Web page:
On December 10, 2012, the Federal Trade Commission (the “FTC”) issued its second annual report examining the disclosures and information collection practices in kids’ apps. The FTC Staff aimed to determine whether the parents were able to make informed decisions about whether or not to download an app for their kids based on the privacy collection practices used by the app. The short answer is that for the most part, presently parents cannot make such informed decisions. The FTC Staff examined 400 kids’ apps from the Apple and Google Play app stores. The results were alarming. In particular, the survey found that:
- Only 20% of the apps reviewed disclosed any information about the apps’ privacy practices;
- Almost 60% of the apps transmitted ID number from the user’s device back to the developers, or more commonly, an advertising network, an analytics company or another party (and 14 of those apps also transmitted geolocation and/or phone number);
- A small number of third parties receive information from many apps, which means that they can potentially develop children’s profiles based on their behavior in different apps;
- 58% of apps contained interactive features, such as links to social media or advertising, without first disclosing it to the parents (58% of the apps contained advertising within the app, but only 15% disclosed it to the parents prior to the download; 22% of the apps contained links to social media, but only 9% disclosed this fact prior to the download; 17% of the apps provided ability for kids to purchase virtual goods for $0.99 to $29.99).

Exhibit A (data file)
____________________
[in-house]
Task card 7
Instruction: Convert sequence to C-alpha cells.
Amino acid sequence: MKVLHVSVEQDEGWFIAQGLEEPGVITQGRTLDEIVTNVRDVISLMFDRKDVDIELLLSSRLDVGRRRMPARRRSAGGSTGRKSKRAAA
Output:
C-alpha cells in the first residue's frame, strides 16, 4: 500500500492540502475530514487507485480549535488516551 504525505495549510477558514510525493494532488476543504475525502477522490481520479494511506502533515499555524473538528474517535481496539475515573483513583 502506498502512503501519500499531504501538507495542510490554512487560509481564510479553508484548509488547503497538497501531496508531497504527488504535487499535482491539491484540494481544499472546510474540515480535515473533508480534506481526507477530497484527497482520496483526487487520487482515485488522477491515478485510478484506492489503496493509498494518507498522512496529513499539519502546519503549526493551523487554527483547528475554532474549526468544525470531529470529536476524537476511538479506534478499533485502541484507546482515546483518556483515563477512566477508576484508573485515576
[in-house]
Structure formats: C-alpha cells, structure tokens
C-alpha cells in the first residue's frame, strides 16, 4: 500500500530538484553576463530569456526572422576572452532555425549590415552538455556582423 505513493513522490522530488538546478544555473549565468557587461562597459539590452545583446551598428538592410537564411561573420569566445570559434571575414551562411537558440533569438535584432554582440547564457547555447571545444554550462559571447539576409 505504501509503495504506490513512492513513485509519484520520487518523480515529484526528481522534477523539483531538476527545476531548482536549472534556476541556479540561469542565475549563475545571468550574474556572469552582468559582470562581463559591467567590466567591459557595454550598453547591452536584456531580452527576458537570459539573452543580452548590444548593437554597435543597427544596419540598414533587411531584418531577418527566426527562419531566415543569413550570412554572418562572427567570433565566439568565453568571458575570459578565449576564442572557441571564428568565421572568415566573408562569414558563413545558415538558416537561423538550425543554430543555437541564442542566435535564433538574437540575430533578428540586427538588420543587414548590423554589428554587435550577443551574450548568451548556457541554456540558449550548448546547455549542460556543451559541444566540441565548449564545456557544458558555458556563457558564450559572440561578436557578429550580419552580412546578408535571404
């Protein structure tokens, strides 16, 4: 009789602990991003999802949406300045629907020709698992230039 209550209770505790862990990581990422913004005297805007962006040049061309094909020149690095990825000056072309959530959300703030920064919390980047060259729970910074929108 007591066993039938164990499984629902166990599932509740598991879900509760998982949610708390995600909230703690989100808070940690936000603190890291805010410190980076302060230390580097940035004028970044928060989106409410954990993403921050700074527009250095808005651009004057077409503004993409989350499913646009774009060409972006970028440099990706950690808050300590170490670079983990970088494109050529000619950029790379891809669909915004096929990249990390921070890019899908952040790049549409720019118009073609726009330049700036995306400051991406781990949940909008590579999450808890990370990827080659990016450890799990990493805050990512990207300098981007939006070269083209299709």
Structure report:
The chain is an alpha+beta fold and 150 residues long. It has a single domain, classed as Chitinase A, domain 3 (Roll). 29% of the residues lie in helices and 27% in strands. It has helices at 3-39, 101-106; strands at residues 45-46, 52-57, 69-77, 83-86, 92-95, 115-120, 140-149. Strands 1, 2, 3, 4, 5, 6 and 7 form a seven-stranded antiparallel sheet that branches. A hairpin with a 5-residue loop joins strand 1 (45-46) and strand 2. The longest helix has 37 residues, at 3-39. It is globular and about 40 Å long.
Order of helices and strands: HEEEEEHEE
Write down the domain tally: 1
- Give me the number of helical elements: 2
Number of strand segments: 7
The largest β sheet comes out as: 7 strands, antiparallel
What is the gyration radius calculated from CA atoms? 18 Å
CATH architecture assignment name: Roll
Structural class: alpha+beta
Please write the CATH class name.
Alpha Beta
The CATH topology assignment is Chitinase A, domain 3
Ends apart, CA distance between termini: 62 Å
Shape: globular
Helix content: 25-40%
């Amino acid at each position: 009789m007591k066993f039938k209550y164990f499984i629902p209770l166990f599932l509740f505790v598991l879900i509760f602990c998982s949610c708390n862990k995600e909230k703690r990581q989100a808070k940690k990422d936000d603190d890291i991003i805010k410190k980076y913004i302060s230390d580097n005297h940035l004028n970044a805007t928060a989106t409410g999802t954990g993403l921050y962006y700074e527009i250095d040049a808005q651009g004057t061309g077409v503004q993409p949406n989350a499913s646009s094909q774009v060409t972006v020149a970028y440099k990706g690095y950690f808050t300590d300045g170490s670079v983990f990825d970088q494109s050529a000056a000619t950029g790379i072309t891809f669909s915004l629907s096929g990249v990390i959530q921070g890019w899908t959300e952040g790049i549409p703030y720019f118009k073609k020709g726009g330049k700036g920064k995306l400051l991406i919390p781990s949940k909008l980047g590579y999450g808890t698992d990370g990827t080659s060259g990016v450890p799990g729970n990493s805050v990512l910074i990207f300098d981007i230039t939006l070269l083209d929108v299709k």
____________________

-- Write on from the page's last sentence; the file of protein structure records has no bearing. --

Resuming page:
The survey makes it clear that the FTC should significantly step up its enforcement efforts against those apps developers that fail to comply with COPPA. In fact, the survey announced that the FTC is launching multiple investigations to determine whether certain apps developers have violated COPPA or engaged in unfair or deceptive trade practices in violation of the FTC Act. Further, the survey shows that COPPA and the current regulations related to COPPA need to be amended soon. The currently proposed amendments seek to expand the definition of personally identifiable information that may be collected from children only upon disclosure and parental consent. The proposed definition includes photos, voice recordings, unique mobile device serial numbers, as well as the geolocation of the mobile device, – information that was not considered as personally identifiable or not considered at all back in 1998, when COPPA was adopted.